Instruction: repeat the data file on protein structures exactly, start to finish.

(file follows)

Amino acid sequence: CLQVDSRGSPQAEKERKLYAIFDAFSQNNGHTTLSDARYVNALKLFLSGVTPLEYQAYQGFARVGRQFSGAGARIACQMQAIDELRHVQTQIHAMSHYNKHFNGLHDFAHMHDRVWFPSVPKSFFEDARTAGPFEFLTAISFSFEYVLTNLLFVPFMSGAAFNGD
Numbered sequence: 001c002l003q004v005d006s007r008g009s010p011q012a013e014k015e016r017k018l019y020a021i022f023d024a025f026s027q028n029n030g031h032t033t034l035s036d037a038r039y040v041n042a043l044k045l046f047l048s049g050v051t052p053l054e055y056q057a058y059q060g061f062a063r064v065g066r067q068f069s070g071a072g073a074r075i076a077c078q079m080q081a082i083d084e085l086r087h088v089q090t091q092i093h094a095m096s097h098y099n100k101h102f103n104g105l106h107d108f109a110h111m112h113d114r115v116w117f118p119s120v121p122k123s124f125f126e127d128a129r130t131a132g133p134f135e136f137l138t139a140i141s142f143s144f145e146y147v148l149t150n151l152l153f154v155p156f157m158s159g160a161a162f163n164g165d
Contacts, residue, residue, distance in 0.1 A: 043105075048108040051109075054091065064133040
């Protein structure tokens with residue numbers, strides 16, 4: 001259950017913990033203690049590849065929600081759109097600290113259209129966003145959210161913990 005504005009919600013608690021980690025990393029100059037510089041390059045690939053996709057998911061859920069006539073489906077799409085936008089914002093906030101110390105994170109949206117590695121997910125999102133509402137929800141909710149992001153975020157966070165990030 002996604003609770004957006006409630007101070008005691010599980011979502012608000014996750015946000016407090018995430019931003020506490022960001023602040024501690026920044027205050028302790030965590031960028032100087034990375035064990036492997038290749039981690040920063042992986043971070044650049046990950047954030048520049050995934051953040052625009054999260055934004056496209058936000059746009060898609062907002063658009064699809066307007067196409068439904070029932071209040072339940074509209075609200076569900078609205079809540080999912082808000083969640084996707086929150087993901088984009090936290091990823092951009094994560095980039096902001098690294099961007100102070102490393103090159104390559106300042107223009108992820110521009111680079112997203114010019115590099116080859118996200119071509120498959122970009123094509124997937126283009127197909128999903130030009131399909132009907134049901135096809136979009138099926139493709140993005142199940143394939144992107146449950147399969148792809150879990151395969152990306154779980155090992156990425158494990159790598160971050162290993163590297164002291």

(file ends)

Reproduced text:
Amino acid sequence: CLQVDSRGSPQAEKERKLYAIFDAFSQNNGHTTLSDARYVNALKLFLSGVTPLEYQAYQGFARVGRQFSGAGARIACQMQAIDELRHVQTQIHAMSHYNKHFNGLHDFAHMHDRVWFPSVPKSFFEDARTAGPFEFLTAISFSFEYVLTNLLFVPFMSGAAFNGD
Numbered sequence: 001c002l003q004v005d006s007r008g009s010p011q012a013e014k015e016r017k018l019y020a021i022f023d024a025f026s027q028n029n030g031h032t033t034l035s036d037a038r039y040v041n042a043l044k045l046f047l048s049g050v051t052p053l054e055y056q057a058y059q060g061f062a063r064v065g066r067q068f069s070g071a072g073a074r075i076a077c078q079m080q081a082i083d084e085l086r087h088v089q090t091q092i093h094a095m096s097h098y099n100k101h102f103n104g105l106h107d108f109a110h111m112h113d114r115v116w117f118p119s120v121p122k123s124f125f126e127d128a129r130t131a132g133p134f135e136f137l138t139a140i141s142f143s144f145e146y147v148l149t150n151l152l153f154v155p156f157m158s159g160a161a162f163n164g165d
Contacts, residue, residue, distance in 0.1 A: 043105075048108040051109075054091065064133040
């Protein structure tokens with residue numbers, strides 16, 4: 001259950017913990033203690049590849065929600081759109097600290113259209129966003145959210161913990 005504005009919600013608690021980690025990393029100059037510089041390059045690939053996709057998911061859920069006539073489906077799409085936008089914002093906030101110390105994170109949206117590695121997910125999102133509402137929800141909710149992001153975020157966070165990030 002996604003609770004957006006409630007101070008005691010599980011979502012608000014996750015946000016407090018995430019931003020506490022960001023602040024501690026920044027205050028302790030965590031960028032100087034990375035064990036492997038290749039981690040920063042992986043971070044650049046990950047954030048520049050995934051953040052625009054999260055934004056496209058936000059746009060898609062907002063658009064699809066307007067196409068439904070029932071209040072339940074509209075609200076569900078609205079809540080999912082808000083969640084996707086929150087993901088984009090936290091990823092951009094994560095980039096902001098690294099961007100102070102490393103090159104390559106300042107223009108992820110521009111680079112997203114010019115590099116080859118996200119071509120498959122970009123094509124997937126283009127197909128999903130030009131399909132009907134049901135096809136979009138099926139493709140993005142199940143394939144992107146449950147399969148792809150879990151395969152990306154779980155090992156990425158494990159790598160971050162290993163590297164002291």